Provisional Waivers / I-601 Waiver
Thursday, December 8, 2016
A maioria dos americanos considera que o casamento com um cidadão americano e outras relações familiares dão direito ao imigrante para residência permanente (um “green card”), mas há barreiras que muitas vezes impedem ou atrasam esses membros familiares de se tornarem residentes permanentes legalizados, mesmo que eles ja estejam nos Estados Unidos. Entre essas barreiras estão as "barreiras de três e dez anos", condições da lei que proíbem os candidatos de retornarem aos Estados Unidos, depois de terem permanecidos no país ilegalmente.Read more . . .
Tuesday, August 9, 2016
On July 29, 2016, DHS published a final rule expanding the availability of the provisional unlawful presence waiver to individuals who would be statutorily eligible for an unlawful presence waiver under INA §212(a)(9)(B)(v). The rule also makes additional changes to the current provisional waiver process. The following provides background information on the unlawful presence bars, the provisional waiver process and an overview of the changes that will be implemented as of the effective date of the rule, August 29, 2016.Read more . . .
Monday, August 1, 2016
U.S. Citizenship and Immigration Services (USCIS) announced a final rule expanding the existing provisional waiver process to allow certain individuals who are family members of U.S. citizens and lawful permanent residents (LPRs), and who are statutorily eligible for immigrant visas, to more easily navigate the immigration process. The provisional waiver process promotes family unity by reducing the time that eligible individuals are separated from their family members while they complete immigration processing abroad, while also improving administrative efficiency.Read more . . .
Saturday, March 16, 2013
Beginning March 4th, 2013, certain immigrant visa applicants who are the spouses, children and parents of U.S. citizens (immediate relatives), and have been unlawfully present in the United States, can start applying for provisional unlawful presence waivers through a new process.Read more . . .
Thursday, February 14, 2013
This is the second and concluding part of the series of articles pertaining to the provisional unlawful presence waiver.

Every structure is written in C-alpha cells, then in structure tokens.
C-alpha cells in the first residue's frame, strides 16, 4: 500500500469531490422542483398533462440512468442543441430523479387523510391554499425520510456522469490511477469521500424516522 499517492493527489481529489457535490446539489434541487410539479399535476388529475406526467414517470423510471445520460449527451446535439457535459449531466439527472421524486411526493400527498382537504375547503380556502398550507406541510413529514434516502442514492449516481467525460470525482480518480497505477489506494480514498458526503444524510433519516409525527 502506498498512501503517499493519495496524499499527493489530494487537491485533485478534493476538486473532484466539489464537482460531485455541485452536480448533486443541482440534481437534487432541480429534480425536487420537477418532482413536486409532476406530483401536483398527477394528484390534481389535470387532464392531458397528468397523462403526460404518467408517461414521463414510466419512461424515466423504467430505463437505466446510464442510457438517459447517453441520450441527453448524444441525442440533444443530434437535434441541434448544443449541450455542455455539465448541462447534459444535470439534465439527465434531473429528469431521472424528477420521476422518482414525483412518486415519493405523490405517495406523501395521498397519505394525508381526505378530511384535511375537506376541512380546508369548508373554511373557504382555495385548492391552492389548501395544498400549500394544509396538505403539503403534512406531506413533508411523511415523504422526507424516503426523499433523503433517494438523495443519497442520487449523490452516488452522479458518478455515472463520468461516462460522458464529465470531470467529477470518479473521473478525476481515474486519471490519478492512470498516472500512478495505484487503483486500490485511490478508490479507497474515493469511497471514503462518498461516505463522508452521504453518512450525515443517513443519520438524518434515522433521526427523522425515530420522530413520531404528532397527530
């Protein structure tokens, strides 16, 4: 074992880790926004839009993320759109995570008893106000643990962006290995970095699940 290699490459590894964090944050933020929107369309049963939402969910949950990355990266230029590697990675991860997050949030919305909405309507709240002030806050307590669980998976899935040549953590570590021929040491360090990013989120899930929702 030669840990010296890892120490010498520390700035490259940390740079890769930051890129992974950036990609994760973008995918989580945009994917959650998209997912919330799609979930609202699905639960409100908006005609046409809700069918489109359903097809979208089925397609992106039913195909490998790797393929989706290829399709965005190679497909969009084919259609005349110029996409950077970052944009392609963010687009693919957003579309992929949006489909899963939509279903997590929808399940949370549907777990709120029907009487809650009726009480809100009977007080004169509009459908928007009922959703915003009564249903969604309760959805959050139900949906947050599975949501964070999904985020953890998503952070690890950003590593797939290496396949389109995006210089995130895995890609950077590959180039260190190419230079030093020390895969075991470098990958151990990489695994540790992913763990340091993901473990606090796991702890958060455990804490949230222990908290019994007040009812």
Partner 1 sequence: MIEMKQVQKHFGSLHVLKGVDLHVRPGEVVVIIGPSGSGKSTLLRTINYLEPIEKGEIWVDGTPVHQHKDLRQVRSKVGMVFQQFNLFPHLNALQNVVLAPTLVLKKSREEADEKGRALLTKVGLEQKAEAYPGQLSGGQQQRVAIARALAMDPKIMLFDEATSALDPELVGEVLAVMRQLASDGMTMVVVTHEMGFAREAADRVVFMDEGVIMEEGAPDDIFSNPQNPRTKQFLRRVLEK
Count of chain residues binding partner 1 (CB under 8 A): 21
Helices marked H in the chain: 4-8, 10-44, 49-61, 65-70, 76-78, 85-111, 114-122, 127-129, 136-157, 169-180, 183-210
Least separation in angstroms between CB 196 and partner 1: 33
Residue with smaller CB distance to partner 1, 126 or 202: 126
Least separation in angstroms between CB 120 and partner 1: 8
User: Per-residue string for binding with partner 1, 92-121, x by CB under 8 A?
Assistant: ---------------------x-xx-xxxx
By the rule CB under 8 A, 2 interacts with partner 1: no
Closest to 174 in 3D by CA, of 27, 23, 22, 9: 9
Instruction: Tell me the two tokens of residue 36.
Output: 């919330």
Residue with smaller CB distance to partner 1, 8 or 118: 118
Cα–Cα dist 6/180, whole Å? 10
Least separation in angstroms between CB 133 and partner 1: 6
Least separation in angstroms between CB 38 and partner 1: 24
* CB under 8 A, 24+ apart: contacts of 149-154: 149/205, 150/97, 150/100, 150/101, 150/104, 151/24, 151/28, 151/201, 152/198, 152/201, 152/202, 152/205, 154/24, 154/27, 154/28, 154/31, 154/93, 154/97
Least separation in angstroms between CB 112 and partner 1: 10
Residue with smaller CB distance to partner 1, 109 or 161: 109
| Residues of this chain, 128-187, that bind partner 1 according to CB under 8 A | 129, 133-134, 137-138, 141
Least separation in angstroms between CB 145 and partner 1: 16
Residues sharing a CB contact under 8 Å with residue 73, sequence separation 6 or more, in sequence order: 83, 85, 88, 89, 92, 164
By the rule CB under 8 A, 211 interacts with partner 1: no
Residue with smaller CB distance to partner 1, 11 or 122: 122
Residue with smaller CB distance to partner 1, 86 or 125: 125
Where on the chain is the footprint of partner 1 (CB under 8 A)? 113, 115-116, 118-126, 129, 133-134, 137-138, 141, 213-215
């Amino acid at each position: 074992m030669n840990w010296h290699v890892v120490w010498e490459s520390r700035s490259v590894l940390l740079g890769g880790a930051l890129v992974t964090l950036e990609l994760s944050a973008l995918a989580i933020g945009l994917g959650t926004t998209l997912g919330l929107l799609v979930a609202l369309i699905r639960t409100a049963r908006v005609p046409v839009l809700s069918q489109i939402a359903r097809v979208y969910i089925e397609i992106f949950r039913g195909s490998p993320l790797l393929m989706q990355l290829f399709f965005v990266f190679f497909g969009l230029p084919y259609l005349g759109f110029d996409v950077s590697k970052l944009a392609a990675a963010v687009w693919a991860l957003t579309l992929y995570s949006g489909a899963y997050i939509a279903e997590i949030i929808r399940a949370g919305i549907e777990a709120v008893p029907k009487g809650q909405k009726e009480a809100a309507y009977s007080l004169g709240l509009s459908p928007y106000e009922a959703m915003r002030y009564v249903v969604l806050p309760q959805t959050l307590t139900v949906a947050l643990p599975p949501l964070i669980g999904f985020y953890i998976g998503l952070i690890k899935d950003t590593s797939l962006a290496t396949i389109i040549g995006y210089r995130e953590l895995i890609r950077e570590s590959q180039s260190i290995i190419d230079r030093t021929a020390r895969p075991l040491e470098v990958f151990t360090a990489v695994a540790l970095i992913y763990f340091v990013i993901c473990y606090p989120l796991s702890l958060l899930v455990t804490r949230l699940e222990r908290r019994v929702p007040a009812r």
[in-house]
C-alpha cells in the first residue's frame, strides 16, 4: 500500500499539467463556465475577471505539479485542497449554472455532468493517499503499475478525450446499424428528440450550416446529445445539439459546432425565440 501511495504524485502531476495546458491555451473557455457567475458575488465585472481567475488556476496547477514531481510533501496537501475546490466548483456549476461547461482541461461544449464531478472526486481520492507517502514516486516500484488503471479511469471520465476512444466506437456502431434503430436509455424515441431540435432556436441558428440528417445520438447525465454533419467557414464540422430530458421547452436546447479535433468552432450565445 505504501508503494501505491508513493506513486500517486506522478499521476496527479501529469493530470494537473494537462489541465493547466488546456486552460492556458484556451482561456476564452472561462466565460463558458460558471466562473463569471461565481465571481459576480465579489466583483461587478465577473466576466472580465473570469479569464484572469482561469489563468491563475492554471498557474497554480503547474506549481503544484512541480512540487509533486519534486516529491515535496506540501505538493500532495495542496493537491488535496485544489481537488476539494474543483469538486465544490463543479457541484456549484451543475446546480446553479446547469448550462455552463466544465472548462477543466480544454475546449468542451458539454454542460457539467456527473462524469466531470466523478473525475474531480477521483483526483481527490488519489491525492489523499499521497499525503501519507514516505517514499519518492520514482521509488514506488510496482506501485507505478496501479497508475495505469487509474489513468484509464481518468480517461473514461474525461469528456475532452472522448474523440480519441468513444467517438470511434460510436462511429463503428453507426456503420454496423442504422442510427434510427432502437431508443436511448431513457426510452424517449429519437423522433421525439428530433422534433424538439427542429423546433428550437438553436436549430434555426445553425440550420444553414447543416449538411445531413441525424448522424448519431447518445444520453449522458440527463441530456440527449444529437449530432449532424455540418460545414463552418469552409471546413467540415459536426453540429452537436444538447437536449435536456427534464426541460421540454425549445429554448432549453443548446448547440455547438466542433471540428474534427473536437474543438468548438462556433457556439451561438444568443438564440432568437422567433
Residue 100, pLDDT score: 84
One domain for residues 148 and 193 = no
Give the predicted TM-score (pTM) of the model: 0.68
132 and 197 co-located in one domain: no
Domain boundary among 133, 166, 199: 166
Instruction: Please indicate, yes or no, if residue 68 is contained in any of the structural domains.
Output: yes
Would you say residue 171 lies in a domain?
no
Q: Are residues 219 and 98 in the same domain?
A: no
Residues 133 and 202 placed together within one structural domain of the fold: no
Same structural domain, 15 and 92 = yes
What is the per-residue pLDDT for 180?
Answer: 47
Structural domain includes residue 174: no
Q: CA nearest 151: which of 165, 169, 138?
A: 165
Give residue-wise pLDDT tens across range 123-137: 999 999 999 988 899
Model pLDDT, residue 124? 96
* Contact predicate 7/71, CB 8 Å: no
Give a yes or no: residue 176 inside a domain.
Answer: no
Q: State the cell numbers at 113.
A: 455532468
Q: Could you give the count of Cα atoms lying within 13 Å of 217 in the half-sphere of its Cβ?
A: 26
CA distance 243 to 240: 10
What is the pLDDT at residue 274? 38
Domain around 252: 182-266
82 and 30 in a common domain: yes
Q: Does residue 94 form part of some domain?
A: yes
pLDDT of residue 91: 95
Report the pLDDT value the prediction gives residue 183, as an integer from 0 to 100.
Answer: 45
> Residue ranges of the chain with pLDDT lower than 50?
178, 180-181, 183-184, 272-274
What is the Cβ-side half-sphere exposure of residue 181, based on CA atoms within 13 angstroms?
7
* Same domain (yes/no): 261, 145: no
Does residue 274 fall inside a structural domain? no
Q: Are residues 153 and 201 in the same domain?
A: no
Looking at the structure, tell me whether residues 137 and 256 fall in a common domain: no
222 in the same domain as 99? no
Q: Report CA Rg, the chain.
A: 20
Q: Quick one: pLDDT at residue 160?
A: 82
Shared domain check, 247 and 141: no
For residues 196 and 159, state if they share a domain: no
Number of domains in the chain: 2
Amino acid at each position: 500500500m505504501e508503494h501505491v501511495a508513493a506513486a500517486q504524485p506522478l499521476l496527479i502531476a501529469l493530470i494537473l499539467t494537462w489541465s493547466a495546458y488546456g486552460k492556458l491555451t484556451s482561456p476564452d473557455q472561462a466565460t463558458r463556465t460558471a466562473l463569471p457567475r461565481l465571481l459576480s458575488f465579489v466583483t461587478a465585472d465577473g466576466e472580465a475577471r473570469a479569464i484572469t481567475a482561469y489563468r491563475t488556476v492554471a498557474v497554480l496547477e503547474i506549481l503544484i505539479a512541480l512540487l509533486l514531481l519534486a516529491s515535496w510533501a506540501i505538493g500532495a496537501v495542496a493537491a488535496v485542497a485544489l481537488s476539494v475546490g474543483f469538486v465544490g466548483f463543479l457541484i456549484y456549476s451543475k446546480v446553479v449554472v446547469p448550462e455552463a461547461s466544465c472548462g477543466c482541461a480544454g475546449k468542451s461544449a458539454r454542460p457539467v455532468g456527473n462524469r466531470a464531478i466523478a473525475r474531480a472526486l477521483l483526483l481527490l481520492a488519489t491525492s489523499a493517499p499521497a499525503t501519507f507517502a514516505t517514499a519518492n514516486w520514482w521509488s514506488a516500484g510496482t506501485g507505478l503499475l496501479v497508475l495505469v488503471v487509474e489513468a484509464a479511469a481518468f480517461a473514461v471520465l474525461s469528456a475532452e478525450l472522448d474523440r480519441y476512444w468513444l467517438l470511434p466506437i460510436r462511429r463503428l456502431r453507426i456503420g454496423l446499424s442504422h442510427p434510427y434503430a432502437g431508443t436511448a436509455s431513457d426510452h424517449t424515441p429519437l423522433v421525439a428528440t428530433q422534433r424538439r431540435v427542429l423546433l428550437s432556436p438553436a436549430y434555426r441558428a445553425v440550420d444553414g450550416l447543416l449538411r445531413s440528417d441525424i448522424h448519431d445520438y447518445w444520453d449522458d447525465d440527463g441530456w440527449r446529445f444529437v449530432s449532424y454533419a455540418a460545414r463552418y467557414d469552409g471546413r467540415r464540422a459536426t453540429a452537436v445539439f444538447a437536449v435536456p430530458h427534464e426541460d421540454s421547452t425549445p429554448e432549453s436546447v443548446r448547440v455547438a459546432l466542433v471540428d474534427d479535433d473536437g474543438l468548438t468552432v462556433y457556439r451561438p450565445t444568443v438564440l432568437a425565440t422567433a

Will I have to be fingerprinted or appear for an interview as part of the provisional unlawful presence waiver process?
All provisional unlawful presence waiver applicants will be required to appear at a USCIS Application Support Center (ASC) for biometrics collection. Generally, USCIS will not require provisional unlawful presence waiver applicants to appear for an interview but may schedule an interview for an applicant if the facts in a particular case warrant further inquiry and review.Read more . . .
Friday, February 1, 2013
The Secretary of the Department of Homeland Security (DHS) has created a new process that will allow certain spouses, children, and parents of a U.S. citizen (immediate relatives) to apply for a provisional unlawful presence waiver while they are still in the United States and before departing for their immigrant visa interviews abroad.Read more . . .
Wednesday, January 2, 2013
This year promises to be a very exciting year in the Immigration Law arena. Secretary of Homeland Security Janet Napolitano today announced the posting of a final rule in the Federal Register that reduces the time U.S. citizens are separated from their immediate relatives (spouse, children and parents), who are in the process of obtaining visas to become lawful permanent residents of the United States under certain circumstances. The final rule establishes a process that allows certain individuals to apply for a provisional unlawful presence waiver before they depart the United States to attend immigrant visa interviews in their countries of origin. The process will be effective on March 4, 2013 and more information about the filing process will be made available in the coming weeks at http://www.uscis.gov/. Read more . . .
Thursday, February 23, 2012
USCIS is considering changes that would allow certain immediate relatives (the spouse, children or parents of a U.S. citizen) who can demonstrate extreme hardship to a U.S. citizen spouse or parent to receive a provisional waiver of the unlawful presence bars before leaving the United States. Read more . . .
National in scope, the business immigration law firm of NPZ Law Group represents clients from throughout the United States and around world. Regionally, our attorneys remain committed to serving the immigration needs of businesses in the Tri-state area and the Hudson Valley, including residents of Ridgewood, Newark, and Jersey City, Burlington County, Bergen County, Camden County, Cumberland County, Essex County, Hudson County, Mercer County, Middlesex County, Monmouth County, Morris County, Passaic County, Salem County, Union County, northern New Jersey, southern New Jersey, central New Jersey, NJ; New York City, Rockland County, Orange County, Westchester County, Kings County, Sullivan County, Ulster County, New York, NY; Chicago, Illinois, IL; and Toronto and Montreal, Canada. Our nationwide practice focused on quality legal representation and personal service.